There is no boubt that each of us have heard dozens and dozens of stories which illustrate — sometimes in very powerful and moving ways — examples of personal Divine Providence.

A woman recently wrote a letter to me that a shadchan [matrimonial match-maker] proposed a marriage for her daughter. For whatever reason, the family turned down the suggestion. Someone else suggested the same young man, and again the family rejected the advice. Not long after this, the family had planned a trip to Eretz Yisrael. They were in Newark airport and who should be standing directly in front of them in a slow moving line going through airport security — this very young man who had twice been proposed as a good match for their daughter. They had an opportunity to observe him over a long period of time in a real life somewhat stressful situation and they were very impressed. The mother thought to herself “This must be happening for some reason.” They proceeded to arrange for the appropriate introductions… and the young couple lives happily ever after.

There is a famous story with Rav Mordechai Pogramansky, who was a great Torah Scholar in prewar Europe. Rav Pogramansky was once travelling on the train and happened to be sitting next to another Jew who was a Shochet and a Mohel. They began talking and got involved in their discussion and became so engrossed in the topic that they missed their stop. The train continued on to another city. It was Erev Shabbos and they had no other choice but to get off the train in a strange location. The town was in the middle of nowhere and was not a Jewish village. They made inquiries and found that there was one Jew in the town. They located his house and knocked on his door Friday afternoon shortly before Shabbos. The homeowner had not seen a Jew in a long time. When he saw the two gentlemen who described their situation to him, he started crying and said he could not believe what had happened.

The previous Shabbos, his wife had given birth to a baby boy. He was not able to leave town and he did not know a Mohel would want to come to his town for Shabbos. He did not know how he would be able to arrange for his son to be circumcised on the eighth day. Then Hashem sent him not only a Mohel but also Rav Mordechai Pogramansky — one of the great rabbinic personalities of the time — to be the sandek!

There are stories and stories and stories like this. The point of all the stories is that the Ribono shel Olam runs the world. He takes care of us and His relationship with us is different than it is with the rest of the world. This is in fact what retelling the story of the Exodus (Sippur Yetzias Mitzraim) is all about. The purpose of the Seder night is to strengthen our belief in G-d’s intimate relationship with the Jewish people and with the principle of Hashgocha Pratis.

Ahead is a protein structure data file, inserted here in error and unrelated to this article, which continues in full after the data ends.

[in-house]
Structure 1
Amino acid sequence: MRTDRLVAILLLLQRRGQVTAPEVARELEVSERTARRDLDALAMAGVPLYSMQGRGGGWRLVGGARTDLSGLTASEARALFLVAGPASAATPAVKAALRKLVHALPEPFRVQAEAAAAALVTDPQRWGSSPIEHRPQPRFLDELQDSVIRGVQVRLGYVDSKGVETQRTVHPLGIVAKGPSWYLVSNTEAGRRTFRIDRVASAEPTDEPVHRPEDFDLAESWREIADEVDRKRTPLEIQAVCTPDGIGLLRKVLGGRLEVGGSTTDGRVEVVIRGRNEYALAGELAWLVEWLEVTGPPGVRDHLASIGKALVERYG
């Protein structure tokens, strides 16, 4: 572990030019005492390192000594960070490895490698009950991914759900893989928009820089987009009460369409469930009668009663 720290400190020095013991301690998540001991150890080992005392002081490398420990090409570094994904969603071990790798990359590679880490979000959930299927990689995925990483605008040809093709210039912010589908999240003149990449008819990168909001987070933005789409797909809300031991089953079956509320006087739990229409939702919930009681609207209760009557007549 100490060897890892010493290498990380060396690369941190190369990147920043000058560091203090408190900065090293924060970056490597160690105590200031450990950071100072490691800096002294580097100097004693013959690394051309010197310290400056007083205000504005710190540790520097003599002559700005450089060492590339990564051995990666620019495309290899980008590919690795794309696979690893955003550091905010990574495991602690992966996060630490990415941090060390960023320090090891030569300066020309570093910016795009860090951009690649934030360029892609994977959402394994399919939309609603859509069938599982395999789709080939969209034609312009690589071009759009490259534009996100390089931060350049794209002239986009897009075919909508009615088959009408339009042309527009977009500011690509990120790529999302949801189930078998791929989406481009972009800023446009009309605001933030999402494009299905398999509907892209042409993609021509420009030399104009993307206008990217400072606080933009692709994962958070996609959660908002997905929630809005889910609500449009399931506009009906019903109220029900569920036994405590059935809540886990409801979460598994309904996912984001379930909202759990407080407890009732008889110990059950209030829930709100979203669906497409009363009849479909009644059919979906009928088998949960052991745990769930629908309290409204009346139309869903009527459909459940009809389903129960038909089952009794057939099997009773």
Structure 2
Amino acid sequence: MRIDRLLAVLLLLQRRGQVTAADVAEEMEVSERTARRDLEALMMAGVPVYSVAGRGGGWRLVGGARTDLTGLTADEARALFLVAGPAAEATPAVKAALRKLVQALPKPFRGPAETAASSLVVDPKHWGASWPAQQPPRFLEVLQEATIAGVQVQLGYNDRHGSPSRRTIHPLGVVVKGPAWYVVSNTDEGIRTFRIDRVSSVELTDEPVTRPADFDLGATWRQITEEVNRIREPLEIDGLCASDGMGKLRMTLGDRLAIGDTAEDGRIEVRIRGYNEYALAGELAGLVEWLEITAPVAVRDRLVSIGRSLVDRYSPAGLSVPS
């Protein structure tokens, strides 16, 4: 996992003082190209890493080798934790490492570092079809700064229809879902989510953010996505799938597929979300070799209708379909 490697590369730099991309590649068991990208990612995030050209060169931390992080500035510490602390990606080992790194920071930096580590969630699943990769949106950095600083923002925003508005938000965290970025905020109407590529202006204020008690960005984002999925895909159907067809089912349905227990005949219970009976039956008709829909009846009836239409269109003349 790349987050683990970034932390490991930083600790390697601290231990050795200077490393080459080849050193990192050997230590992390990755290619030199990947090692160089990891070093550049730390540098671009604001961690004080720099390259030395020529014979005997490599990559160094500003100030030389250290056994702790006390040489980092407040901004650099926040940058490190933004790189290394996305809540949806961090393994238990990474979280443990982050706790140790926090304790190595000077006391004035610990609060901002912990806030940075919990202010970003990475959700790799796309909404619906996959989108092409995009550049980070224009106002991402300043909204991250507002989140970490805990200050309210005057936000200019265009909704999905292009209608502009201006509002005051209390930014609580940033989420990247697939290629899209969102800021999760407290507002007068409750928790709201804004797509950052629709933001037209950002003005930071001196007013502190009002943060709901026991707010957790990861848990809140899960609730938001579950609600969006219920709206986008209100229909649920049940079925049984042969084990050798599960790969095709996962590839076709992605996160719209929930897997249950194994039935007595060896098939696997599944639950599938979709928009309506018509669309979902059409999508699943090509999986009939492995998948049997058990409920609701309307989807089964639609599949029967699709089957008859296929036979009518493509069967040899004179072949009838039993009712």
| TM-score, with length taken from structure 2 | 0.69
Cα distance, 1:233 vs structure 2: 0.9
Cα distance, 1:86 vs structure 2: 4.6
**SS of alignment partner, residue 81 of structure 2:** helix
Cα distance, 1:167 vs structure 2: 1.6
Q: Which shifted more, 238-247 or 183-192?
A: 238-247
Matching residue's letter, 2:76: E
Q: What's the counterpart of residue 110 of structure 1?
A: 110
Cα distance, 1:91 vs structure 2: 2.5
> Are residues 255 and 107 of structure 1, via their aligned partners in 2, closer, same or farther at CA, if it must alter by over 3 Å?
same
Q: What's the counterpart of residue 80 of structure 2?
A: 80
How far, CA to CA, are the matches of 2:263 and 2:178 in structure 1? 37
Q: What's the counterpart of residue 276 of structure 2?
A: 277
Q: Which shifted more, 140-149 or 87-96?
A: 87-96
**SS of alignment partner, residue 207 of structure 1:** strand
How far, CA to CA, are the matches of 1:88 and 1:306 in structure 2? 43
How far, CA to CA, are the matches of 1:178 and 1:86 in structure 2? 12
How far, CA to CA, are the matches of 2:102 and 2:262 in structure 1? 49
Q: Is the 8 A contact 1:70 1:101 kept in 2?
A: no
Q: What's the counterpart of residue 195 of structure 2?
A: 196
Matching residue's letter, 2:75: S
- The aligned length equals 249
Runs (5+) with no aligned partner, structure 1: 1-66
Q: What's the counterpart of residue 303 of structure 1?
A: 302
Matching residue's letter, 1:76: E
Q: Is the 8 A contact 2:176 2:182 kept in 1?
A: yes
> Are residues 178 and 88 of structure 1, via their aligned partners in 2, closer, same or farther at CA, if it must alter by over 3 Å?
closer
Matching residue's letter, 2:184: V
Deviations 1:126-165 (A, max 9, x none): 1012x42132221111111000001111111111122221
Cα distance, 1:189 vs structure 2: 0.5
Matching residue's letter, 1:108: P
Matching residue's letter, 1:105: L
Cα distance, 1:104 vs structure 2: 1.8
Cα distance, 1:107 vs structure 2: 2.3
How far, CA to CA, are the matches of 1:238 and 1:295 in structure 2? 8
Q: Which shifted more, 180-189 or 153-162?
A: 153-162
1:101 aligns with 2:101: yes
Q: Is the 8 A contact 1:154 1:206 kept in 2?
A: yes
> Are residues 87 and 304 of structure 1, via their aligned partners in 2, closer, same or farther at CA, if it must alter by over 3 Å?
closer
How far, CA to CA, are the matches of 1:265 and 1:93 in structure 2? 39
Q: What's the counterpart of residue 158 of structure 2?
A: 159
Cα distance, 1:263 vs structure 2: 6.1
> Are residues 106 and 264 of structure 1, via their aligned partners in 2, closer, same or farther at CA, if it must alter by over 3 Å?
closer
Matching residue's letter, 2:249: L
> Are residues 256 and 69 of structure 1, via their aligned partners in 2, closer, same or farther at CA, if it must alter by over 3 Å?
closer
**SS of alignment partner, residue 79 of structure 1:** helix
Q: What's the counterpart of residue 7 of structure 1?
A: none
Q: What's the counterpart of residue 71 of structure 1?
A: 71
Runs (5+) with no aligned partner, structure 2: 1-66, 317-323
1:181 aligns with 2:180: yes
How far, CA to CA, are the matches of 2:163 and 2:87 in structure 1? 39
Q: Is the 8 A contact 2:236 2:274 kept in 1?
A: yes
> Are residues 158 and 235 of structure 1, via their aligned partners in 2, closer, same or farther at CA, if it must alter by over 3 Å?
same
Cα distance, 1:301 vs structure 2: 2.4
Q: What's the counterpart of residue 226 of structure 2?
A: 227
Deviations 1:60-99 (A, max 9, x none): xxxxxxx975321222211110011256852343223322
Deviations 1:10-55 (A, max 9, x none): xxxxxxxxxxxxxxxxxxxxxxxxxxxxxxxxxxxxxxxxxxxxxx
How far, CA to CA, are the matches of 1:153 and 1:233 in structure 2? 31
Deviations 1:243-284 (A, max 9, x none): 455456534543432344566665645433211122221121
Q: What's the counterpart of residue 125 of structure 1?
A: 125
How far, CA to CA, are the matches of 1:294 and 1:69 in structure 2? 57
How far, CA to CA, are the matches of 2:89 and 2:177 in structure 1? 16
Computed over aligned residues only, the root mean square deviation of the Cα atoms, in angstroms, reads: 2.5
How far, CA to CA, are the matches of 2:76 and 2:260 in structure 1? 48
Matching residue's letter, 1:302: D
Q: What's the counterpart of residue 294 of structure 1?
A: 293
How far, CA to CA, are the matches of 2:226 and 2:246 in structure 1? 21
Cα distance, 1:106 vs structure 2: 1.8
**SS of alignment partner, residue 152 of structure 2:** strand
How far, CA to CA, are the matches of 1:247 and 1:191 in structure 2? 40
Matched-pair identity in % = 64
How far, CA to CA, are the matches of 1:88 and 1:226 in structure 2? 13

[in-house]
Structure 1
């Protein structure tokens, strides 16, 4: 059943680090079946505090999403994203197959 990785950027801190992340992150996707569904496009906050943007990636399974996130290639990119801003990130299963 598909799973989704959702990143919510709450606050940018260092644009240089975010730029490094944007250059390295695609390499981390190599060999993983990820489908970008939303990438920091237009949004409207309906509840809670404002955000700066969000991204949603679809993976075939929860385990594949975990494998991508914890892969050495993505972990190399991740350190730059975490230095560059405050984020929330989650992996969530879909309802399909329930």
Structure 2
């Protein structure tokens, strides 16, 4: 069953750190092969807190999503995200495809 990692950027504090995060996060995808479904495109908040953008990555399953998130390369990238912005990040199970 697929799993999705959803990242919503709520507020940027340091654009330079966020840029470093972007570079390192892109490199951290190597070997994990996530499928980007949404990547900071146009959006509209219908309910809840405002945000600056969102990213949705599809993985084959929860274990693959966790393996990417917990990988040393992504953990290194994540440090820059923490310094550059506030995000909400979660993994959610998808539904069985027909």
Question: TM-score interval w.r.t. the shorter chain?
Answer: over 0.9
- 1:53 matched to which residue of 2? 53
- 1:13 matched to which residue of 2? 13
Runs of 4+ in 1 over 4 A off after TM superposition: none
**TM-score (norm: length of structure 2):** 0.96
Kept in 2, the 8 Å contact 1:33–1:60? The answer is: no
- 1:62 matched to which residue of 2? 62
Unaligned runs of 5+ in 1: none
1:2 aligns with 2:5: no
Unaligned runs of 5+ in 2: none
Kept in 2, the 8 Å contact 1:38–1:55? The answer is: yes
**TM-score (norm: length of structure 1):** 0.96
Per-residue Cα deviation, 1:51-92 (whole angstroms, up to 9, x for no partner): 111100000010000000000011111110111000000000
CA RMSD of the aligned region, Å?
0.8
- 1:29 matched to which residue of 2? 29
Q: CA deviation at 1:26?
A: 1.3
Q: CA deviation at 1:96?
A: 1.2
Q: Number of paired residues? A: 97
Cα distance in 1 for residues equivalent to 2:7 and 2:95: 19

This write-up is adapted from the hashkafa portion of Rabbi Yissocher Frand’s Commuter Chavrusah Torah Tapes on the weekly Torah Portion. The halachic topics covered for the current week’s portion in this series are:

Tape # 003 – The Korban Pessach Today
Tape # 048 – Is Shaving Permitted on Chol Ha’Moed?
Tape # 091 – Americans in Yerushalyaim: Two-Day Yom Tov or One?
Tape # 139 – Confidentiality: Prohibition Against Revealing Secrets
Tape # 186 – Shalach Monos and Other Purim Issues
Tape # 232 – Marror: A Bitter Problem?
Tape # 276 – Is Theft Permitted to Save A Life?
Tape # 322 – A Unique Erev Pessach and Its Broader Implications
Tape # 366 – Chometz She’avar Olov HaPesach
Tape # 410 – The Obligation to Testify
Tape # 454 – Eruv Tavshilin
Tape # 498 – Honey – Why Is It Kosher
Tape # 542 – Selling Chametz
Tape # 586 – Rabbinic Confidentiality
Tape # 630 – Gebrokts and Kneidelach
Tape # 674 – Saying Korbonos
Tape # 718 – Karbanos: The Basis for Tefillah
Tape # 762 – Standing During Davening
Tape # 806 – Voice Recognition – How Reliable?
Tape # 850 – Taking Medicines on Yom Tom
Tape # 894 – Daled Kosos: Must You Drink All 4? And Other Issues
Tape # 938 – Davening on Airplane/Train: Must You Stand?
Tape # 981 – Accepting Shul Donations from Non-Shomrei Shabbos
Tape #1026 – Salt on the table

Tapes or a complete catalogue can be ordered from the Yad Yechiel Institute, PO Box 511, Owings Mills MD 21117-0511. Call (410) 358-0416 or e-mail [email protected] or visit for further information.

RavFrand, Copyright © 2007 by Rabbi Yissocher Frand and